Research from the National Council of State Boards of Nursing (NCSBN) indicates that after losing 100,000 registered nurses during the COVID-19 pandemic, an additional 900,000 nurses are projected to exit the workforce by 2027. Burnout, retirement, and stress are the primary reasons cited for the projected exodus, with almost one-fifth of the nation’s 4.5 million registered nurses expected to leave the healthcare workforce in the next four years. Policymakers, regulators, and academic leaders must act urgently to develop and implement solutions to address the impending nursing shortage.
The COVID-19 pandemic has had a significant impact on the healthcare workforce, and registered nurses (RNs) have been particularly affected. According to research from the National Council of State Boards of Nursing (NCSBN), around 100,000 RNs left the healthcare workforce in the past two years due to stress, burnout, and retirement. Additionally, more than 610,000 RNs said they intend to leave the workforce by 2027 due to these reasons, along with 188,962 nurses younger than 40 years old. These figures indicate that almost 900,000, or one-fifth of the nation’s 4.5 million registered nurses, are projected to leave the healthcare workforce in the next four years.
This paper will examine the findings of the NCSBN study, discuss the impact of the COVID-19 pandemic on the nursing workforce, and explore potential solutions to address the projected nursing shortage.
Impact of the COVID-19 Pandemic on the Nursing Workforce
The COVID-19 pandemic has had a significant impact on the nursing workforce. Nurses have been on the front lines of the pandemic, caring for patients and working long hours under stressful conditions. The physical and emotional stressors of the pandemic have heightened staffing challenges in all healthcare sectors, exacerbating the pre-existing nursing shortage.
According to the NCSBN study, over six in ten nurses reported increased workloads during the pandemic. Additionally, nurses reported feeling used up (56.4 percent), emotionally drained (50.8 percent), fatigued (49.7 percent), burned out (45.1 percent), or at the end of the rope (29.4 percent) a few times a week or every day. Nurses with ten or fewer years of experience faced these issues the most and accounted for a 3.3 percent decline in the nursing workforce during the past two years.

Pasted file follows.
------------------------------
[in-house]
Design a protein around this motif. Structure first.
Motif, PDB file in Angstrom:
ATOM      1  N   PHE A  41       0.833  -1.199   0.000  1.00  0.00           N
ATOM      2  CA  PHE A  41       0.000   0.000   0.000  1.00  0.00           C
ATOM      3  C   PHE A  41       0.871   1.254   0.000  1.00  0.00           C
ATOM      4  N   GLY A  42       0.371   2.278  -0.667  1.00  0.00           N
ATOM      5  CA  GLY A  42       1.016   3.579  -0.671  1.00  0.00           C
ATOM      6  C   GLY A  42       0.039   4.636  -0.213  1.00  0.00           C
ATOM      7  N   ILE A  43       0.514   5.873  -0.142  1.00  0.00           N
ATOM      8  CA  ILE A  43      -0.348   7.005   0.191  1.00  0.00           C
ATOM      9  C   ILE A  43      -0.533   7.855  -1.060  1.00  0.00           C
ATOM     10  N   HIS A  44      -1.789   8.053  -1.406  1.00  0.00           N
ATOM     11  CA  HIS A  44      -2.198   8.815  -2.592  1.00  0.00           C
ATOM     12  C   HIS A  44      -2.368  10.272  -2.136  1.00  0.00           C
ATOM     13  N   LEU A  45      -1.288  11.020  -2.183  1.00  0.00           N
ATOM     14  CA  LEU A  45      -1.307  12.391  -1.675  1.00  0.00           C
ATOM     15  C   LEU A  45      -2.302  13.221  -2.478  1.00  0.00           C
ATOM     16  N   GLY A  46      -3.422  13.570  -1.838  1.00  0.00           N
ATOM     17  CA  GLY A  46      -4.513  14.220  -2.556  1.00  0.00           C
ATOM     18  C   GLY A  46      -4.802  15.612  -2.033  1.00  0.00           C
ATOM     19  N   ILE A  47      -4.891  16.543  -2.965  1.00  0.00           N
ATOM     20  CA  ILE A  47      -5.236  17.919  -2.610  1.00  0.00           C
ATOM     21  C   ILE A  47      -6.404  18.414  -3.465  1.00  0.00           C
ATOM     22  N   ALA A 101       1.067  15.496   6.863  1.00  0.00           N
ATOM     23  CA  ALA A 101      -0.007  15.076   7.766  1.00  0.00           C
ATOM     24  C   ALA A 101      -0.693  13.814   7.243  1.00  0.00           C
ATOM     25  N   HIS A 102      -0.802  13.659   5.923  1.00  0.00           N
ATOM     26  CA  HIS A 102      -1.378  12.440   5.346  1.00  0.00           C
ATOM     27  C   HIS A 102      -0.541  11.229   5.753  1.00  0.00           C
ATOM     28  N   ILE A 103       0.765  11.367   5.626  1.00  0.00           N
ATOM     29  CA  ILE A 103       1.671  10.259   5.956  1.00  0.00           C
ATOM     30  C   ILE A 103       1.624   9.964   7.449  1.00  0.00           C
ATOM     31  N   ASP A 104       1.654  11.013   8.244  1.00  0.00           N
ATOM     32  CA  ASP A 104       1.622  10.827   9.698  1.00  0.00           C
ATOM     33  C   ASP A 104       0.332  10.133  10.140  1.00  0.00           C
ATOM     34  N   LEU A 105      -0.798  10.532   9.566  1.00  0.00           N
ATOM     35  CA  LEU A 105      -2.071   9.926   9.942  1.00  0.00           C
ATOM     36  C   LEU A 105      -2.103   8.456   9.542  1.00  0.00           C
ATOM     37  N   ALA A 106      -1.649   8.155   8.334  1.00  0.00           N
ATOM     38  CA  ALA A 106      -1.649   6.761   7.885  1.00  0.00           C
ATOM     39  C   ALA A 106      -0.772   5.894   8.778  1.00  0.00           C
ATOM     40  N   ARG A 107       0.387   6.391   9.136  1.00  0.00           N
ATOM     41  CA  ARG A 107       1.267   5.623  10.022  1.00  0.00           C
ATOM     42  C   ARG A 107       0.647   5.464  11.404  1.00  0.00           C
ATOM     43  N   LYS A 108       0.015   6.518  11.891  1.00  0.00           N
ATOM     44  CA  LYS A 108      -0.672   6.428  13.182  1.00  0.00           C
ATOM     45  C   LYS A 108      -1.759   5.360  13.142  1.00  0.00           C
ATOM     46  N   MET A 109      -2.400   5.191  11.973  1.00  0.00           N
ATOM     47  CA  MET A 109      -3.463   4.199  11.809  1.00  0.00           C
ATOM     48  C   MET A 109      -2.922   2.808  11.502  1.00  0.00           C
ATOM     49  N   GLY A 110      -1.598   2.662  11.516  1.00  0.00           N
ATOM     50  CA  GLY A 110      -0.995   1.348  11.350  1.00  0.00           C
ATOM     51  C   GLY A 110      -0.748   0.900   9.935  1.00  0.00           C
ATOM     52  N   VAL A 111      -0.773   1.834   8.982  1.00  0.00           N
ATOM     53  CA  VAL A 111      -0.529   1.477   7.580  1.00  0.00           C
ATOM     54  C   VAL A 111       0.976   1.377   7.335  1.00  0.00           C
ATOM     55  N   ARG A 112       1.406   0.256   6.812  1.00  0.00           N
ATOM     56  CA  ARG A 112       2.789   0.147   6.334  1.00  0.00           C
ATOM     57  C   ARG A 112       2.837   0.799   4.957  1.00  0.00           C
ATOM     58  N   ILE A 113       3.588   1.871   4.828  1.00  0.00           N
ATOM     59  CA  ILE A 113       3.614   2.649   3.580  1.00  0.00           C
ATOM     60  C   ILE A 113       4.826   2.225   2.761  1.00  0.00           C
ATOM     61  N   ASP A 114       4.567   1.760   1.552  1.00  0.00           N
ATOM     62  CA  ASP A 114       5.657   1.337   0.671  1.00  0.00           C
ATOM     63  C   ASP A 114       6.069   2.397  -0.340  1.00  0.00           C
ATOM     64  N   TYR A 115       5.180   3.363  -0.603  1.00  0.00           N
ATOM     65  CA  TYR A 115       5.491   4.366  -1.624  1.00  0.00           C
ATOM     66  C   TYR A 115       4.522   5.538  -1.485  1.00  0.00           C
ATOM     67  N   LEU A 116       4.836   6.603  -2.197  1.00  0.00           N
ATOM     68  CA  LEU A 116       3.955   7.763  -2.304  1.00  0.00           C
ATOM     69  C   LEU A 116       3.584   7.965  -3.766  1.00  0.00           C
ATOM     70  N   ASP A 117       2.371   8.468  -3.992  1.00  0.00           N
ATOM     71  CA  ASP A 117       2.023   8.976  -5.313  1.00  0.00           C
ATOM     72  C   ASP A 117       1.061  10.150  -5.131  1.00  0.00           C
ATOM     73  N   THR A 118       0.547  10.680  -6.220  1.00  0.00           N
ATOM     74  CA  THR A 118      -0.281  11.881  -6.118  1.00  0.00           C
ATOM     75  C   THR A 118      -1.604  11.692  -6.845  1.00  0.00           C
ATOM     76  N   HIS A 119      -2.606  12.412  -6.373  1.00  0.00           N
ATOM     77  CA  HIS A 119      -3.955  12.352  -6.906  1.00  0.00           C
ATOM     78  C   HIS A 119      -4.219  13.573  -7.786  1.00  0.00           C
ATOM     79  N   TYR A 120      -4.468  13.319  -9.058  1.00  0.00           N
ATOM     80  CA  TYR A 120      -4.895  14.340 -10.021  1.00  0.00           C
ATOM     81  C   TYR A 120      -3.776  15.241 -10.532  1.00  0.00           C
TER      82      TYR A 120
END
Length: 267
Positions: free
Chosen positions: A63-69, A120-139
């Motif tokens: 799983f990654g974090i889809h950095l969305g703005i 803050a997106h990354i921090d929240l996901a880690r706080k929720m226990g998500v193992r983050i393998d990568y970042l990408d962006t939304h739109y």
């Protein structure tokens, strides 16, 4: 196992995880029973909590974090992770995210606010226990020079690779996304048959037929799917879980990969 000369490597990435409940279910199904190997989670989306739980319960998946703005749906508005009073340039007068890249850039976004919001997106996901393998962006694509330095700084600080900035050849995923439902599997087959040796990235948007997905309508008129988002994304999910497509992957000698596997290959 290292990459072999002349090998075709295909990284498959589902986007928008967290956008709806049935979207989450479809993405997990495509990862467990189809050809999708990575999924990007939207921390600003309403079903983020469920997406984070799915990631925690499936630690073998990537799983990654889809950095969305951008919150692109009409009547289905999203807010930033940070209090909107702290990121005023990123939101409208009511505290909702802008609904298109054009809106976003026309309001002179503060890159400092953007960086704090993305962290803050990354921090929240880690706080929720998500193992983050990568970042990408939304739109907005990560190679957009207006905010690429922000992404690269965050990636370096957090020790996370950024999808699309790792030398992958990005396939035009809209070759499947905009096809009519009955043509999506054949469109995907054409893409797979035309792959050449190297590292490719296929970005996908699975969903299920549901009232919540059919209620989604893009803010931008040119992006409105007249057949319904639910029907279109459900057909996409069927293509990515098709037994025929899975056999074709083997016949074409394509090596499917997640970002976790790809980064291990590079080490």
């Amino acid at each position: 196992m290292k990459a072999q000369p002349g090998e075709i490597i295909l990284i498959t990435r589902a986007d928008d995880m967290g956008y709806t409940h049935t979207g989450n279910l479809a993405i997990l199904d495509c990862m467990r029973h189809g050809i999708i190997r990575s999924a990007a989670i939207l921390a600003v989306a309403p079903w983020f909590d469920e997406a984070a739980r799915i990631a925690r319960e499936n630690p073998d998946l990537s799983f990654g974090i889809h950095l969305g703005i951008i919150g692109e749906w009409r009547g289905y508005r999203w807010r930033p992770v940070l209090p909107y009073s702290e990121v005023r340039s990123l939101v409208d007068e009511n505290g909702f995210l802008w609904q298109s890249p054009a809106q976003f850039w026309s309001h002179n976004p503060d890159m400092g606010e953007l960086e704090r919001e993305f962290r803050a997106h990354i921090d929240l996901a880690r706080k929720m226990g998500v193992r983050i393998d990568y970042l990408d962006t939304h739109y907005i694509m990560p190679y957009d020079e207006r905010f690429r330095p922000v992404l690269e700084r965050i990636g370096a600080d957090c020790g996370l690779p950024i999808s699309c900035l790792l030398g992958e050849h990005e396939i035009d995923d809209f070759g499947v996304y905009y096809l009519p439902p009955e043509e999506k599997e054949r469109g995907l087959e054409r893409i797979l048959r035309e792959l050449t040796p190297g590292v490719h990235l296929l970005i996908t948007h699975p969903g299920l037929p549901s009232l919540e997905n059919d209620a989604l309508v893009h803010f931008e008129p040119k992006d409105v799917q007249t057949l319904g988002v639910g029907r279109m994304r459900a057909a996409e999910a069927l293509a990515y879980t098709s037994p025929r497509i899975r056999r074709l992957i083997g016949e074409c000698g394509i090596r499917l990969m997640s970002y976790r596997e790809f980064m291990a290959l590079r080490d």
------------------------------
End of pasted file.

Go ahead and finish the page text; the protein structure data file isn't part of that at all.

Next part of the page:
The pandemic has also led to an increased number of RN retirements. The NCSBN study found that retirement was the primary reason for RNs leaving the workforce, accounting for 50.3 percent of departures. The COVID-19 pandemic likely accelerated these retirements, as many nurses chose to leave the workforce due to the added stress and strain of the pandemic.
The pandemic has impacted licensed practical or vocational nurses (LPN/LVN) as well. Almost 34,000 LPN/LVNs have left the workforce since the pandemic hit, and experts predict that the shortage will continue. These nurses typically work in long-term care settings providing care for vulnerable populations.
The projected nursing shortage is not limited to the United States. The pandemic has exacerbated the global nursing shortage, with many countries struggling to meet the demand for healthcare workers.
Potential Solutions to Address the Projected Nursing Shortage
The projected nursing shortage poses a significant challenge to the healthcare industry. To address the shortage, policymakers, regulators, and academic leaders must work together to develop and implement solutions.
One potential solution is to increase funding for nursing education programs. Prelicensure nursing programs have emphasized their concerns regarding the availability and clinical preparedness of nursing graduates. According to the NCSBN, data on newly hired nurses reveal a decline in practice and evaluation proficiency. These issues could be addressed and the workforce readiness of nursing graduates ensured by increased funding for nursing education programs.
Another potential solution is to improve working conditions for nurses. The NCSBN study found that stress, burnout, and retirement were the primary reasons for RNs leaving the workforce. Improving working conditions could help reduce stress and burnout among nurses and encourage them to remain in the workforce.